Written by Ainsley Jacobs
Photography by Kevin DiOssi
Drag racing is inherently punk rock. There’s something rebellious about strapping oneself to a machine making several thousand horsepower and flying down a strip of concrete with the only concern being how quick the car can go. Nothing matters except beating the guy in the other lane, being the first to the stripe, the first to the record books. Conventional thinking says it is dangerous; performance thinking says it’s as critical to life as breathing. Arthur Camp Stanley III, known simply as “Camp,” embodies the badassery of drag racing and has been a loud, proud pioneer of the sport.
Camp’s life reads like a roadmap for success, although the legendary racer/tuner/philosopher is quite humble about his achievements. He helped shape the door slammer drag racing scene into what it is today, and is continuing to help the sport grow and evolve with his current Pro Mod operation.
In the early 1960s, Camp was stationed in Germany while serving in the Army.
“Americans would bring cars over, but not take them back home, so they got sold to the next guy, and the next guy, and I wound up being a next guy,” laughed Camp, now 74, of how he first got his hands on a ’55 Ford that he started tinkering with. Always interested in mechanical things and whatnot, Camp got out of the service in ’65 and “bummed around the United States for a year” before settling down and marrying his bride, Janet, in ’68.
From there, it was all onward and upward for Camp, who learned to make the most of what little he had using creative thinking and innovative solutions. He started with a ’62 Chevrolet II street car and eventually graduated to a Camaro.
“I thought I’d like to have a blown motor, so I built my first blown door car in ’78,” he recalled. Camp was a member of the legendary “Wild Bunch”—an aptly named group of performance junkies who worshipped alcohol-burning, supercharged combinations and had a reputation for embracing the unconventional.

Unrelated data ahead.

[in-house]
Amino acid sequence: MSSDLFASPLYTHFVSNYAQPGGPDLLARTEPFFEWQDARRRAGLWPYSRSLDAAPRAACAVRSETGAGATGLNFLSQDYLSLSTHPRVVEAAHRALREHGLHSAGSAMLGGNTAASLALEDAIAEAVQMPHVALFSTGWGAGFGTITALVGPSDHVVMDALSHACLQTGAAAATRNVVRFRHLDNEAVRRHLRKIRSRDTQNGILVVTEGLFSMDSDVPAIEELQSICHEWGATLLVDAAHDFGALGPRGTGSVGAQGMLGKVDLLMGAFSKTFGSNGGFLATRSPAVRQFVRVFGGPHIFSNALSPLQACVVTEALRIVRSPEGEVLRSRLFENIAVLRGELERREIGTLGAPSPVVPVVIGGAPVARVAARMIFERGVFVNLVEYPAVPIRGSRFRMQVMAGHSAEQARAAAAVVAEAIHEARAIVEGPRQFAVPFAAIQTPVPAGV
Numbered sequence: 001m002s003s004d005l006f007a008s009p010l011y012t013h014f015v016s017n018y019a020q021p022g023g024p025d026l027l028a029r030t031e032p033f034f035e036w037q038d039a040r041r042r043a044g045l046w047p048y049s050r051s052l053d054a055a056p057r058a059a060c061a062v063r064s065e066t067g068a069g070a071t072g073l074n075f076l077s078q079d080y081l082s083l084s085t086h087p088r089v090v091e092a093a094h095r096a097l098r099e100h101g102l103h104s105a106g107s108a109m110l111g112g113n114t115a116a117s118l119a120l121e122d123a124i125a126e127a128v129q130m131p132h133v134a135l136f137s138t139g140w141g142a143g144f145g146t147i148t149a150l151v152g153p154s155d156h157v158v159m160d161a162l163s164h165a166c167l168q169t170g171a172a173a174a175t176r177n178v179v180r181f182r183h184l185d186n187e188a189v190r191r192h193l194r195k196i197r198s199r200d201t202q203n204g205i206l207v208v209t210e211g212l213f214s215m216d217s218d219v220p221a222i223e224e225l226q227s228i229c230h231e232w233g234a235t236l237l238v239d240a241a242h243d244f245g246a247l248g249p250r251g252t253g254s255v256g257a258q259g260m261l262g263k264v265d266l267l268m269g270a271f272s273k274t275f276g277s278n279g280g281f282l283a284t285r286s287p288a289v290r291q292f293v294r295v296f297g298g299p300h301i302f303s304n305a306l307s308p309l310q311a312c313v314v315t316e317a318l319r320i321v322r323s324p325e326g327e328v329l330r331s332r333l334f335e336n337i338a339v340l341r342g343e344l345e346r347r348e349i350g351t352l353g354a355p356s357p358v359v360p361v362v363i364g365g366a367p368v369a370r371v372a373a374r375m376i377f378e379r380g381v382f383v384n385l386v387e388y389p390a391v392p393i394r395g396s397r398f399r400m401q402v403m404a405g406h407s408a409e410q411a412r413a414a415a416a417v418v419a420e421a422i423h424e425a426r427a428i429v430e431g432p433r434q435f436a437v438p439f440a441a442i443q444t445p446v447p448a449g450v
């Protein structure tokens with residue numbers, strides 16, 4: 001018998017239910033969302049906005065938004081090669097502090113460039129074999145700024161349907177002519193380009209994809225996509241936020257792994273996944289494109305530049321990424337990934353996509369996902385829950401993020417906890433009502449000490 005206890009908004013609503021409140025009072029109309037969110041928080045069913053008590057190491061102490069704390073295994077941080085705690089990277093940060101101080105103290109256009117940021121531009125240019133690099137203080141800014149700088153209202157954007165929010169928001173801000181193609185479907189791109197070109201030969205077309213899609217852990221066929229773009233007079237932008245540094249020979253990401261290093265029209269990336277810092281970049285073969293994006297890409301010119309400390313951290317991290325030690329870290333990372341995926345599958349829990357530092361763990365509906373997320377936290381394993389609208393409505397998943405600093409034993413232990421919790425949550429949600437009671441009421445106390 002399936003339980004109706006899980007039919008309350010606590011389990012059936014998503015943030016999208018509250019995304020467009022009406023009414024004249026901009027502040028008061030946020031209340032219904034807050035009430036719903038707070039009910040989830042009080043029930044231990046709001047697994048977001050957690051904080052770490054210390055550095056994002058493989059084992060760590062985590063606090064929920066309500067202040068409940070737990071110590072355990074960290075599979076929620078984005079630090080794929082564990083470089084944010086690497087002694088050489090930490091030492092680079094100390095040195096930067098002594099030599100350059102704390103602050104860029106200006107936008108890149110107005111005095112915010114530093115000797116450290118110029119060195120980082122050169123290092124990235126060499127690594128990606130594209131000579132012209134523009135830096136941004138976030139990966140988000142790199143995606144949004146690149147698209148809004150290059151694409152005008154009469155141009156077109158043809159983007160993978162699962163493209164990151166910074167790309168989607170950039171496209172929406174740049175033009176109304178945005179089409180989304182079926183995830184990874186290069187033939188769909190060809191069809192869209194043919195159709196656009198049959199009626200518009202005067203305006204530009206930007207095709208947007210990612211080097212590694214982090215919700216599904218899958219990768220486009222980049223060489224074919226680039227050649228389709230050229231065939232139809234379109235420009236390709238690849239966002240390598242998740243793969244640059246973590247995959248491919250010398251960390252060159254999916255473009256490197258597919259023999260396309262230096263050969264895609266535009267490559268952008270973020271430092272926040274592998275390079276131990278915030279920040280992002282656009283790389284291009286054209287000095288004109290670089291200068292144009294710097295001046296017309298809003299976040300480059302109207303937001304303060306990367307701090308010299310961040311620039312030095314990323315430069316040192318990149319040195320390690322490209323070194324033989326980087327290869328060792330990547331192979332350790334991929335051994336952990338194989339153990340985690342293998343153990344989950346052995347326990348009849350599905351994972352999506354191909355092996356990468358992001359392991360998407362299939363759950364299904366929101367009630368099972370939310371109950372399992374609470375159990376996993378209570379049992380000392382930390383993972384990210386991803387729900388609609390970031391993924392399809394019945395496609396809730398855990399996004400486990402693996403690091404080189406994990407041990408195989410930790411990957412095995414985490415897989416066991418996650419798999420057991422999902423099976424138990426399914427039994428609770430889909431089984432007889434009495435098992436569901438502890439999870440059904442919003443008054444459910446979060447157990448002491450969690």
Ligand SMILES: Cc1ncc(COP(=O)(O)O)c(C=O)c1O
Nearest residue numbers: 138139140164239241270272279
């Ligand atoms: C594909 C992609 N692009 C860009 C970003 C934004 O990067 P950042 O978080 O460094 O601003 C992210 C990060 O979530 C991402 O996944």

The group garnered a cult following, and fans from around the world watched as the Wild Bunch became the unlikely heroes and super stars of drag racing.
“We match-raced each other all over the country, and it was great fun. We even got paid to race in Australia in ’89 and ’91,” Camp reminisced of the good ol’ days spent bracket racing. Blown door cars were all the rage, and the Wild Bunch definitely (and defiantly) lived up to their moniker.
As his reputation grew, so did opportunity. Camp found himself driving, tuning, and consulting for names big and small all around the world from Europe to New Zealand to South Africa (where his Wild Boys Thunderbird currently resides in Johannesburg and holds an African-continent ET record) and beyond. As things progressed, Camp found that it was mentoring that he truly enjoyed the most. Spanning a successful career several decades strong, Camp has worked with countless drivers and always gets a thrill from seeing others succeed.
“It doesn’t matter if they’re a competitor or not, I really just love seeing my pupils do well,” he added.